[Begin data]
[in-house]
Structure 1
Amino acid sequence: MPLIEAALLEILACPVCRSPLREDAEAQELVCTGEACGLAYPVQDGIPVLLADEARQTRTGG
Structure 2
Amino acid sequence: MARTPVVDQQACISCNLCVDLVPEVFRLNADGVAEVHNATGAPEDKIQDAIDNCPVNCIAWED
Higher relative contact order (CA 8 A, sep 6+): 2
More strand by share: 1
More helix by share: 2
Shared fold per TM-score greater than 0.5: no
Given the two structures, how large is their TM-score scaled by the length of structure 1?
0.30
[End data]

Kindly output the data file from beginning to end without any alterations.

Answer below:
[in-house]
Structure 1
Amino acid sequence: MPLIEAALLEILACPVCRSPLREDAEAQELVCTGEACGLAYPVQDGIPVLLADEARQTRTGG
Structure 2
Amino acid sequence: MARTPVVDQQACISCNLCVDLVPEVFRLNADGVAEVHNATGAPEDKIQDAIDNCPVNCIAWED
Higher relative contact order (CA 8 A, sep 6+): 2
More strand by share: 1
More helix by share: 2
Shared fold per TM-score greater than 0.5: no
Given the two structures, how large is their TM-score scaled by the length of structure 1?
0.30